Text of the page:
The client decided to close the bank account and asked to return the money remaining there. The bank took interest for this - it kept almost 5 million rubles. Then the company went to court. Three courts stood up to it. The transfer commission is a way to keep the "barrier tariffs", experts believe. In their opinion, this is how credit organizations bypass unfavorable practice. Lawyers note that the new tariffs on the balance can be successfully challenged in court. In confirmation, they provide similar disputes.
In 2018, the company "Eldom" entered into a contract with the Ural Bank for Reconstruction and Development of complex banking services. A year later the client decided to close the account. Balance - 56 million rubles - asked to be transferred to another credit institution. The bank transferred the amount, but took a commission of 10%, that is, almost 5 million rubles. Then the company sent a claim to the bank with a claim to return the missing amount. But it answered that the tariff for the transfer of the balance is approved in the contract. Having concluded it, the client actually agreed with the amount of commission. The company applied to the court in Sverdlovskiy region (case № A60-59887/2019).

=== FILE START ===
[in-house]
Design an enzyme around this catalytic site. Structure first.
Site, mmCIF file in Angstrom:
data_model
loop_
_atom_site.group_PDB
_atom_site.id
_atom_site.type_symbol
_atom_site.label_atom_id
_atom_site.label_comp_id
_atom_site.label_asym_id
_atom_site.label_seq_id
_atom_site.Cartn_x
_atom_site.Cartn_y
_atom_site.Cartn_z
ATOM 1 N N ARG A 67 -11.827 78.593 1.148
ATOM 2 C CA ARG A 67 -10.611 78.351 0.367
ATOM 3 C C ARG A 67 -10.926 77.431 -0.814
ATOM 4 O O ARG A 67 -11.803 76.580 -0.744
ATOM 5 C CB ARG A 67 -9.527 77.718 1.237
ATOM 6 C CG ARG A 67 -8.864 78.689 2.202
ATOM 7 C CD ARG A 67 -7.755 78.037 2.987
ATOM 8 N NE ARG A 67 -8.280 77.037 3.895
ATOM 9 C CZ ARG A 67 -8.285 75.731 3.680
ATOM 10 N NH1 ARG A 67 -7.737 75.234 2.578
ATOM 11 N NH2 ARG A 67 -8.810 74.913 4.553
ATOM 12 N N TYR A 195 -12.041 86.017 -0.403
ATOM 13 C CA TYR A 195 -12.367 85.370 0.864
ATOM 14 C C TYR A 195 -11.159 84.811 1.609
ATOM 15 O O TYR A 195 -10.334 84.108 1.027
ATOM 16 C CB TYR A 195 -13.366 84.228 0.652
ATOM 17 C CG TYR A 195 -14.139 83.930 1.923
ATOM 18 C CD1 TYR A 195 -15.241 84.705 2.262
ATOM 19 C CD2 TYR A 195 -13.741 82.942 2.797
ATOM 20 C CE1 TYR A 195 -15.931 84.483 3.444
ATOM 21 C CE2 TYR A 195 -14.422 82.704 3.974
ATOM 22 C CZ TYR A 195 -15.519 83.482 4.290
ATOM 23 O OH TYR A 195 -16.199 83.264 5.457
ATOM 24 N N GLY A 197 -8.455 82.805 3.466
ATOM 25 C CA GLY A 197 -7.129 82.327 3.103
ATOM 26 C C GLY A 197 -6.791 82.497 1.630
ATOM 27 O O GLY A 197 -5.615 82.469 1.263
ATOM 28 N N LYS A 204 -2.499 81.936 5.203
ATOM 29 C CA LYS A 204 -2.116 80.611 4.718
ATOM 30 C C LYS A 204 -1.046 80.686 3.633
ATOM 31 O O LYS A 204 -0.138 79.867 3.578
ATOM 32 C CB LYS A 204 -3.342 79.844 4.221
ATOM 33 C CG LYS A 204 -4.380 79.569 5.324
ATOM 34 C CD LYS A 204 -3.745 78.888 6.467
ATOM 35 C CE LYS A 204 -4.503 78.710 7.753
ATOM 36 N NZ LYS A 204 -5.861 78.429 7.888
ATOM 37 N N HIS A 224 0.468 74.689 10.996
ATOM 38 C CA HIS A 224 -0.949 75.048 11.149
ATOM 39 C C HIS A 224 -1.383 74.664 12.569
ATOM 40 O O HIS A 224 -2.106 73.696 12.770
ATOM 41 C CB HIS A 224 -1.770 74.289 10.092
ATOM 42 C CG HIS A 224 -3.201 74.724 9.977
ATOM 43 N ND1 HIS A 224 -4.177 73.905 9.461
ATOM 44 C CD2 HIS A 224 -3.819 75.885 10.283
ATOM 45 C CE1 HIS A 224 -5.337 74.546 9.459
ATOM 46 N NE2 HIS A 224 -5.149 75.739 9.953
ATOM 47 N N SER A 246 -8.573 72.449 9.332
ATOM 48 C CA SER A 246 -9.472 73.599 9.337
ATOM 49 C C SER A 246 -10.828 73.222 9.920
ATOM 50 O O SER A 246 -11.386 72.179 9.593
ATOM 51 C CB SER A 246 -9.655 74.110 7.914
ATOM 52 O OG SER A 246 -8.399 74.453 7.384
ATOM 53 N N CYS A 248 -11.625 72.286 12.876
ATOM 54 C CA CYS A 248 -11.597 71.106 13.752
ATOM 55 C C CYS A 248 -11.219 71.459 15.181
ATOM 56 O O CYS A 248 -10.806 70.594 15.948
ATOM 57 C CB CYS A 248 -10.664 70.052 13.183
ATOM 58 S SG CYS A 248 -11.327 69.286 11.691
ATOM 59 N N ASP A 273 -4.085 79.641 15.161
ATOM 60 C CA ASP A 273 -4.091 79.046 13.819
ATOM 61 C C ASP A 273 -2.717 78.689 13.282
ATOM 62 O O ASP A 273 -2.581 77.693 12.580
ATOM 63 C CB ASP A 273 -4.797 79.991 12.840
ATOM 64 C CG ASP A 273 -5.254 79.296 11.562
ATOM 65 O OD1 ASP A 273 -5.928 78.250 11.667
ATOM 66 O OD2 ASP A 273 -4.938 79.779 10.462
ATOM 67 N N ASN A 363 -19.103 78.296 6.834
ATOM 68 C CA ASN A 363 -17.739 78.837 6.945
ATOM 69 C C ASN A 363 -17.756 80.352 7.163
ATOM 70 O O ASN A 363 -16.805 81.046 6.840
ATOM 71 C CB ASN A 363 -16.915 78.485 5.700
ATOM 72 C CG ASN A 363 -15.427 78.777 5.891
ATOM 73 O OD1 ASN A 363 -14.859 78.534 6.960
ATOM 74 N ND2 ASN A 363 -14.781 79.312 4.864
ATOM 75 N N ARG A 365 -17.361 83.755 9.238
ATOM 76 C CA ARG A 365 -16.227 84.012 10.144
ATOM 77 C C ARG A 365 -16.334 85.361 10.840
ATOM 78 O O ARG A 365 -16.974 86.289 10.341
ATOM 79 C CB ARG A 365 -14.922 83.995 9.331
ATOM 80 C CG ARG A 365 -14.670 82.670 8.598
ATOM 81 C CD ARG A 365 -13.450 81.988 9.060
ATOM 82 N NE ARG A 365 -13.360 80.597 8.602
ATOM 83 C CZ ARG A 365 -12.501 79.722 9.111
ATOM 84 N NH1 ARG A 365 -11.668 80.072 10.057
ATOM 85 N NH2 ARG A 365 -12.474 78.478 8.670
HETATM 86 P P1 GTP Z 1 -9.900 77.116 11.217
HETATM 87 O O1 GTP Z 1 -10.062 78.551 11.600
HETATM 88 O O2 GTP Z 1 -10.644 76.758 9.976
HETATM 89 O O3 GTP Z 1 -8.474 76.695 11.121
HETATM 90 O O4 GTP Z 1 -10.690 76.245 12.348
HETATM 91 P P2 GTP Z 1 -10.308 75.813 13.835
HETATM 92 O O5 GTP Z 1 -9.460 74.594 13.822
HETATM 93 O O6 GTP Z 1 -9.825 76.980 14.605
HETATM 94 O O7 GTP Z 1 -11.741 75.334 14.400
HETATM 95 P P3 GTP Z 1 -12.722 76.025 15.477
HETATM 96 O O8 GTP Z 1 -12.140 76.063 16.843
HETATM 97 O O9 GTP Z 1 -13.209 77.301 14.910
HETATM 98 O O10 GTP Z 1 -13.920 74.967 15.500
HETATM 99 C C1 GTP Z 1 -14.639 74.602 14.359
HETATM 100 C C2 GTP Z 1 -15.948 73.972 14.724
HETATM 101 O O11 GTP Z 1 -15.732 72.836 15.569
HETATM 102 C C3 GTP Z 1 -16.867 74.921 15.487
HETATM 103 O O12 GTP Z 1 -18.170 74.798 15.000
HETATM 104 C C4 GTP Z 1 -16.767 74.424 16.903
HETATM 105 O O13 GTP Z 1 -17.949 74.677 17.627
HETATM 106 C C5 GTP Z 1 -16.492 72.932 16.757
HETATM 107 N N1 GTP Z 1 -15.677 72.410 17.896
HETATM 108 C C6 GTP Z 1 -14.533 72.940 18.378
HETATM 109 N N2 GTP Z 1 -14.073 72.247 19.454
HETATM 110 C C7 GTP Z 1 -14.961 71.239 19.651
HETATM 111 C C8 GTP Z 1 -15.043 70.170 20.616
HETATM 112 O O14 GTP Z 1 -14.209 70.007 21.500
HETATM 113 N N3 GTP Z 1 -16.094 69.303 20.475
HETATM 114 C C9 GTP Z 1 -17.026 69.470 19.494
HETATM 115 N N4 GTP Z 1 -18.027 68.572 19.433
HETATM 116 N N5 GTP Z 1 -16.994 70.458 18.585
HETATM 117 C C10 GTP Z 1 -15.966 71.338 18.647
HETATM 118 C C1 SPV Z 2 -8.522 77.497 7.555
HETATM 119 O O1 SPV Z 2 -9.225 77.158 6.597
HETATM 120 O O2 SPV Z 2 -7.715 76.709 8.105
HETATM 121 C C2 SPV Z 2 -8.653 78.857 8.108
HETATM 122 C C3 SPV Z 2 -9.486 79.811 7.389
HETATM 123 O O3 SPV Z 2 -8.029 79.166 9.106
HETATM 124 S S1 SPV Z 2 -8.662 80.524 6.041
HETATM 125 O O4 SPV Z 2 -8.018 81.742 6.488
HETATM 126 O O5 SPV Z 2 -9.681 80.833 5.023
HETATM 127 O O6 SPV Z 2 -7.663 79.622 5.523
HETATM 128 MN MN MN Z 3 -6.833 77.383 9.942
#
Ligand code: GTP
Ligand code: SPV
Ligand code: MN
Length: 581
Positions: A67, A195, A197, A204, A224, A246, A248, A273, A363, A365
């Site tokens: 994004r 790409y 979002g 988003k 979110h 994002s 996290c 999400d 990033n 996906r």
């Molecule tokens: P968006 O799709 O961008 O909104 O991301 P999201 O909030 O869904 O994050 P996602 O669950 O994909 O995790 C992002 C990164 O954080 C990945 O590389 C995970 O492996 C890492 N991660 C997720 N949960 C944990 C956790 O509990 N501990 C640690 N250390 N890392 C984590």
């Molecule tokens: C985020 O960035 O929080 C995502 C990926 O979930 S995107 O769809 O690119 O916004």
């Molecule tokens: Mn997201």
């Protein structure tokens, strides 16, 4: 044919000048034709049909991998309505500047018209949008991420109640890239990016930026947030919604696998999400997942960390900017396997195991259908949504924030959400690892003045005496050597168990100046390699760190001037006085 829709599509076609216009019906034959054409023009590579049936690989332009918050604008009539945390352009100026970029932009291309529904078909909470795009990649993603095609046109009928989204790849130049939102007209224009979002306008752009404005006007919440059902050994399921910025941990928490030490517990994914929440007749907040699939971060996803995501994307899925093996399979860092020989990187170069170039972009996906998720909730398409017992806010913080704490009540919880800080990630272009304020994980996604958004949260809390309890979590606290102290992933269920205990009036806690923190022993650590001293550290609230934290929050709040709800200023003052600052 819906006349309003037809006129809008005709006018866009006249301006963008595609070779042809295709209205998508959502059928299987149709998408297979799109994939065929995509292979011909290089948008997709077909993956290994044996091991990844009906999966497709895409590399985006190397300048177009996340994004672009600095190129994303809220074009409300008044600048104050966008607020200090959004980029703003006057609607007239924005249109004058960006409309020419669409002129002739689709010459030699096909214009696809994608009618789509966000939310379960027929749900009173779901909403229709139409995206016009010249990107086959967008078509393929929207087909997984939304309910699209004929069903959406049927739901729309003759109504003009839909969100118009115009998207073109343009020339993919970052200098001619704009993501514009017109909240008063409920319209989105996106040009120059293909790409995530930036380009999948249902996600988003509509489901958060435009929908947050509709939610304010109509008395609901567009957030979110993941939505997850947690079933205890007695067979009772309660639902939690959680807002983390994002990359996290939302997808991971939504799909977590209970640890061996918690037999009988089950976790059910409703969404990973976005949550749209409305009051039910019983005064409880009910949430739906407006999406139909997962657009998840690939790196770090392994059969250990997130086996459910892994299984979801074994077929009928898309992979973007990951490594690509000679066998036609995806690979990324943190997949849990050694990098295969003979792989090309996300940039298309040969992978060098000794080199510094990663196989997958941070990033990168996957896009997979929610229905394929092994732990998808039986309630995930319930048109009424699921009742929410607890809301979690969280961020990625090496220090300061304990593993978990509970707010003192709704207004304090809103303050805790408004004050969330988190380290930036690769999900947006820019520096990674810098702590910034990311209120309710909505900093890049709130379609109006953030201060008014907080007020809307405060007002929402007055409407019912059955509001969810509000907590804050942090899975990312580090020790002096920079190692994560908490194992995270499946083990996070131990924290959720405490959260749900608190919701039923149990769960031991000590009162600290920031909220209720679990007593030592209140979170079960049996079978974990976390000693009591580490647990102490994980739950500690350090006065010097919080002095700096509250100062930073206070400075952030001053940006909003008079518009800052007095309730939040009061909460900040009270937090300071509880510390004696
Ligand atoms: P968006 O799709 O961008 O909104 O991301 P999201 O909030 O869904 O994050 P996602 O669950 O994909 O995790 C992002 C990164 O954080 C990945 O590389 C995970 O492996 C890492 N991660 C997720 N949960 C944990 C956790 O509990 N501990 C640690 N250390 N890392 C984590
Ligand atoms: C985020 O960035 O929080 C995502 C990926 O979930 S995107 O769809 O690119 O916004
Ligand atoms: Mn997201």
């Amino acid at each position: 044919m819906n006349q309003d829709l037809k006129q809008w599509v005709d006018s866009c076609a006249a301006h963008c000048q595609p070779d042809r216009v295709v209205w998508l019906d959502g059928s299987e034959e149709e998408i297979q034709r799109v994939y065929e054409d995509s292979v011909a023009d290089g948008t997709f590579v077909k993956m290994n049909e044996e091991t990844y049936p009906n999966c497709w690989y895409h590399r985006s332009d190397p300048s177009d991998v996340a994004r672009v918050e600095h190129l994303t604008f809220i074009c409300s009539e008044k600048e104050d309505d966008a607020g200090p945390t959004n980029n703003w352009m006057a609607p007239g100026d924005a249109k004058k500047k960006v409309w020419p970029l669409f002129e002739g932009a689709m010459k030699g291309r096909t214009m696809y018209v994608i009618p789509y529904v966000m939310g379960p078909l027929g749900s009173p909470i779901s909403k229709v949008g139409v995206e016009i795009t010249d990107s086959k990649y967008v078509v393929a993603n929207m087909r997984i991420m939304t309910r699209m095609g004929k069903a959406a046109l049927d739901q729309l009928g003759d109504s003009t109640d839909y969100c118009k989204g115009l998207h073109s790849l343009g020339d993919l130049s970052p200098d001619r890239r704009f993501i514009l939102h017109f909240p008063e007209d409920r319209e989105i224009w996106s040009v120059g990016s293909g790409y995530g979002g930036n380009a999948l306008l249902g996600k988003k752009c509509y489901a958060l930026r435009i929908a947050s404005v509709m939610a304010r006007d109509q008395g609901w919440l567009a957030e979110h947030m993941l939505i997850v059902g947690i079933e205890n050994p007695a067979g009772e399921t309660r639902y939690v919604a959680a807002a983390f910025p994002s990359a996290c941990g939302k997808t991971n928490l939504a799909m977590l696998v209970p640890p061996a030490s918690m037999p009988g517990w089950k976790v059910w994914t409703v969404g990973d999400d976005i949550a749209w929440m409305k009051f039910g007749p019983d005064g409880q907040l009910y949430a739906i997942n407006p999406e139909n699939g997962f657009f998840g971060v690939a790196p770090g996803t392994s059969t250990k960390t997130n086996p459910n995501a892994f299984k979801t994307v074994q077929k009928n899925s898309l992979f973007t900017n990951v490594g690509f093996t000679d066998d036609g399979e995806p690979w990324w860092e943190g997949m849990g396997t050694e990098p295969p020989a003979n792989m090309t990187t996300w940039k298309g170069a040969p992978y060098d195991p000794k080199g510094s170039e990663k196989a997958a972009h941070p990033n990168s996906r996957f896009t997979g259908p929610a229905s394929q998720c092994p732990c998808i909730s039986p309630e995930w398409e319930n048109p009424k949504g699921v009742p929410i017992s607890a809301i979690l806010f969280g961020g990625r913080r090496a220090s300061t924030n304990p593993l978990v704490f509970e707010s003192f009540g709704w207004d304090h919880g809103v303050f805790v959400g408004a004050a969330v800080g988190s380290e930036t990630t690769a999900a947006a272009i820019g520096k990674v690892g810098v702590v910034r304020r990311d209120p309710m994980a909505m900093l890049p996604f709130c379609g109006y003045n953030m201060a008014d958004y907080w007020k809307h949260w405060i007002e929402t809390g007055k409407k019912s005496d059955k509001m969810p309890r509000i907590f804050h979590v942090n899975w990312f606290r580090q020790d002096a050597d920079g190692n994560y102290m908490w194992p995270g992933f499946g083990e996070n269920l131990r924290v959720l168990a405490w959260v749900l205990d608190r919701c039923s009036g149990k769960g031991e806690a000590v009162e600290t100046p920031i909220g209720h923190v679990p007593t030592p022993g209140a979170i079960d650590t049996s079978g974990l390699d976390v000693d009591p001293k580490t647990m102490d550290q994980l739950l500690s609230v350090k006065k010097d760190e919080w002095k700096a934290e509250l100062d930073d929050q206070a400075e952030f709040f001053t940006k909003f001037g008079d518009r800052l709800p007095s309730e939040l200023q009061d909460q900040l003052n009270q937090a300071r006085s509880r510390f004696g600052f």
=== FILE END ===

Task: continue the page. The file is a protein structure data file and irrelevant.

Evgeny Karnoukhov, managing partner of Alliance Legal Consulting Group, considers that the bank tried to bypass the unprofitable practice of the illegality of the 10% "barrage tariffs" by such a clever move.
The so-called "barrage tariffs" appeared with the introduction of the Law on Combating Money Laundering No. 115. The norm obliged banks to monitor customer transactions more closely and to refuse a transfer if their integrity was in doubt. This is necessary to identify fictitious firms or those involved in "naked" operations. When a company cannot prove the legality of a transaction, it will be charged an increased fee. Banks actively use barrage tariffs to reduce the volume of dubious transactions, says Karnoukhov. In some cases, the commission reaches 25% of the transfer. But judicial practice is not in favor of credit institutions, the courts return the money withheld.